Queer Students Liaison spearheads third annual Pride Week celebrations
Despite significant advancements in acceptance of the queer community in the last few decades, the collective remains largely sidelined. Capilano Students’ Union (CSU) Queer Students Liaison Clarice Scop is continuing the growing tradition of a week-long pride on campus that she hopes will increase awareness of issues still facing the queer community and encourage students, staff and faculty to mingle.
“Jon Kinsley, the Queer Students’ Liaison before me, he started the tradition of Pride Week [on campus],” said Queer Students Liaison Clarice Scop. “He was definitely extremely good at what he was doing and I think I kind of wanted to continue his tradition, because he worked so hard on it.”
Scop explained that the weeklong event is a group effort among members of the collective and that she serves as the facilitator. A couple of changes from last year’s Pride Week were made, including a request to make all events inclusive to students of all ages. “Formally Queer”, the dance party that will cap off Pride Week at Groundswell on Thursday evening on Mar. 16 from 7 to 10 pm, is open to students of all ages. Societal gender constraints, however, are not invited.
Another change that was made to the agenda of events was the reduction in the number of workshops. Last year, three workshops that focussed on drag, community and anti-oppression were hosted simultaneously, which resulted in few people being able to attend each. Scop has organized just one workshop: Allyship 101, scheduled for Tuesday, Mar. 14 at 11:30 am in the CSU Maple Lounge. Allyship is an unknown concept to many, but Scop explained that you don’t have to fit in to be welcomed by the community. “Allyship is the concept that you might not necessarily identify with certain people, in this case the LGBTQ community, but you want to learn about the community, you want to learn how to support them, to be an ally basically,” she said.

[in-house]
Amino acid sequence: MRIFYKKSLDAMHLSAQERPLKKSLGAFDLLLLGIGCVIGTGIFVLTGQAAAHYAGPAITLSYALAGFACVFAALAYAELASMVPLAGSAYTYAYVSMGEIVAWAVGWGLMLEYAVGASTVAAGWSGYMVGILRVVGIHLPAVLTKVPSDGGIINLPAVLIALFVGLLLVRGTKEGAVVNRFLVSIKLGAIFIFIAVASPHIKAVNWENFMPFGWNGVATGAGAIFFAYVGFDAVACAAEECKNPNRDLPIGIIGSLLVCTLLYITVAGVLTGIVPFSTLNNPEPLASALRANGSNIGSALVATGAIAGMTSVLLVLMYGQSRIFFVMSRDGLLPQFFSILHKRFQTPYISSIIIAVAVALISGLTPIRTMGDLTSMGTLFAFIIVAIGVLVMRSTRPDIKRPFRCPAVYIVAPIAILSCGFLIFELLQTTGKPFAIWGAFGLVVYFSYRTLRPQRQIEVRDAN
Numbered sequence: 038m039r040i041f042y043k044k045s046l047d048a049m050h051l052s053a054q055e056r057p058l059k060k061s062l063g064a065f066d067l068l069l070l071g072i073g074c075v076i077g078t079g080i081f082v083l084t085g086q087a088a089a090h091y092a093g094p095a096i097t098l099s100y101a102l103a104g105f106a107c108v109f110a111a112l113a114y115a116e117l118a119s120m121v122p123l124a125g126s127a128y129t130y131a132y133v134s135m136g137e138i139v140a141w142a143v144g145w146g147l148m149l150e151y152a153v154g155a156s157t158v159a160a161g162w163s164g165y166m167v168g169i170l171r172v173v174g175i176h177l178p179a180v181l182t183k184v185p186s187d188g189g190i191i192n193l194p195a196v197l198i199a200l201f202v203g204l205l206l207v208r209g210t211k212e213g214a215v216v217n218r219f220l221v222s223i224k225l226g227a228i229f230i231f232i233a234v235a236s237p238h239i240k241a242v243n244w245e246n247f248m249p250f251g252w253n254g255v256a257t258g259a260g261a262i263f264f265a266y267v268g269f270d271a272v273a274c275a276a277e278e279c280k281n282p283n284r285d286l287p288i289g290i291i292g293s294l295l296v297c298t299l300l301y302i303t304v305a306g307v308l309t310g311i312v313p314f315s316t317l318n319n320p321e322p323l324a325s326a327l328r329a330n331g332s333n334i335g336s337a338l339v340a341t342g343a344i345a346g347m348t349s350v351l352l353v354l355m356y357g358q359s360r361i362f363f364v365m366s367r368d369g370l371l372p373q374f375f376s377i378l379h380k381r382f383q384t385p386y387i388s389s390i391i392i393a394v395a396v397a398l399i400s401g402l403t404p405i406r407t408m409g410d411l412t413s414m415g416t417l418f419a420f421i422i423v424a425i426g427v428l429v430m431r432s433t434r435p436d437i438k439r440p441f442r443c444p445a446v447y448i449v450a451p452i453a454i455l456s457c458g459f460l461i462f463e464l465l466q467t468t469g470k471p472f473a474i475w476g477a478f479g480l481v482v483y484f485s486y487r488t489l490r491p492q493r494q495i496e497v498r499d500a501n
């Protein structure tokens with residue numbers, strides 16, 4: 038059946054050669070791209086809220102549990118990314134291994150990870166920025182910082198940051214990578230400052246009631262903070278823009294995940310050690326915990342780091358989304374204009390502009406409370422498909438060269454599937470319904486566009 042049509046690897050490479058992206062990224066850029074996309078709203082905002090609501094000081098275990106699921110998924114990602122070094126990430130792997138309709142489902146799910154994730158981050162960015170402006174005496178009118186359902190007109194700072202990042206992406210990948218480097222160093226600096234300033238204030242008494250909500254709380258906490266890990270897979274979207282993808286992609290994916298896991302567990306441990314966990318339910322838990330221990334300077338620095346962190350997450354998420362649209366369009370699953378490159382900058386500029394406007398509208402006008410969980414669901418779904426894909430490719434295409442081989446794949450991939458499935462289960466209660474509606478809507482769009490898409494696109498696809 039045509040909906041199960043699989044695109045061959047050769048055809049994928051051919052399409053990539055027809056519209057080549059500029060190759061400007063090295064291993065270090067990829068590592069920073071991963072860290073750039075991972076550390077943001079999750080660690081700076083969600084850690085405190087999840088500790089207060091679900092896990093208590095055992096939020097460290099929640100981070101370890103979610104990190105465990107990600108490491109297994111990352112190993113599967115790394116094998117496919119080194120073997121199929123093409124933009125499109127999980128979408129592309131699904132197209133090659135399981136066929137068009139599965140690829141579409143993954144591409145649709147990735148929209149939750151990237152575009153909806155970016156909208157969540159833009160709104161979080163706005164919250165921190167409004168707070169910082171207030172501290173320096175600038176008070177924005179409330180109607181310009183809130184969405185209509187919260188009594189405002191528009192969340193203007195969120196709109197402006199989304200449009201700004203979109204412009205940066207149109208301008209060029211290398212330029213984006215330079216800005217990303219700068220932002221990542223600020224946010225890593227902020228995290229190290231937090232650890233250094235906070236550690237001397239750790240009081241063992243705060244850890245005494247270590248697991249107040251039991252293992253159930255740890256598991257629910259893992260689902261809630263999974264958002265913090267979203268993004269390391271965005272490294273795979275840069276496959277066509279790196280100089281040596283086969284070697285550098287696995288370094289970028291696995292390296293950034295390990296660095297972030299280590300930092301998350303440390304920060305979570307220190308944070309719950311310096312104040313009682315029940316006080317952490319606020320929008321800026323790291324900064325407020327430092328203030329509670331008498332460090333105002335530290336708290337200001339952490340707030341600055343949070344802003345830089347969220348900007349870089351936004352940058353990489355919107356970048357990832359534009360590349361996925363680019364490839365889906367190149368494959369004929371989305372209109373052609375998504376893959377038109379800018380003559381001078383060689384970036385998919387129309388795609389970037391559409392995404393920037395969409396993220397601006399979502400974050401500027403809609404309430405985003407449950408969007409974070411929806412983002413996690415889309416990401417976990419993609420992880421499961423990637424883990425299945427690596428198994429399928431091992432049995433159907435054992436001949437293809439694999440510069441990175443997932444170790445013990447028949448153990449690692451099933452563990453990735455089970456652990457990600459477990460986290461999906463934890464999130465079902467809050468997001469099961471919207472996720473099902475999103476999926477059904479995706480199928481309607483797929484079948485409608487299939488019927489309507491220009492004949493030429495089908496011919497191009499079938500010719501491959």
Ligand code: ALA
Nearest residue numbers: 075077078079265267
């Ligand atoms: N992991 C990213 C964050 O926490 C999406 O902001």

The week’s events will kick off on Monday at 11 am in the CSU Members’ Centre (Library Lounge) with a Community Resource Fair open to all students who want to learn more about the resources available to LGBTQIA+. Scop explained that although the community has become more visible and accepted in past decades, there are still significant issues. “There’s a lot more encompassed in the queer community than the acronym LGBTQ,” she said. “You can inclue IA, I being intersex, A being asexual. There’s a huge list of folks and a lot of them aren’t visible either in the campus community or just in [general].”
While CapU has been supportive of the community, there are a lot of issues that Scop would still like to see addressed, one of them being transphobia, which applies to the transgender community. “It’s not as widely known or considered, so that’s one of the issues that we try to bring to the forefront, not just sexuality,” she said. “There’s room for improvement on the campus as a whole.”
She spoke of seeing transgender students, staff, faculty and even international students who adopt Anglicized names allowed to use their preferred names on identification cards, class lists and email accounts, and of seeing an increase in the number of gender-neutral washrooms on campus. “A year or two ago we had the single-stall all-gender washrooms installed, which is progress, but there is something that we are eventually wanting to install which is a multi-stall gender-neutral washroom,” she said.
Following the Allyship Workshop, on Tuesday, Mar. 14 at 5 pm is an open mic night in the CSU Members Centre with a cozy theme, which here means blankets, pillows and onesies will not only be welcome but encouraged. On Wednesday, Mar. 15 at noon in the same location, a number of short films produced by CapU’s Motion Picture Arts (MOPA) students that address themes in the LGBTQIA+ community will be screened. On Thursday, Mar. 16 at 11:30 am in LB 188 instructor Ki Wight of the MOPA program will facilitate a ChatLive discussion that involves queer perspectives related to current issues in the community, including representation and reconciliation.
Unsure of whether Pride Week would live or die outside of Kinsley’s jurisdiction, especially with the weeklong festivities relying on so many resources and hours of planning, Scop is proud to have the honour of continuing the tradition.
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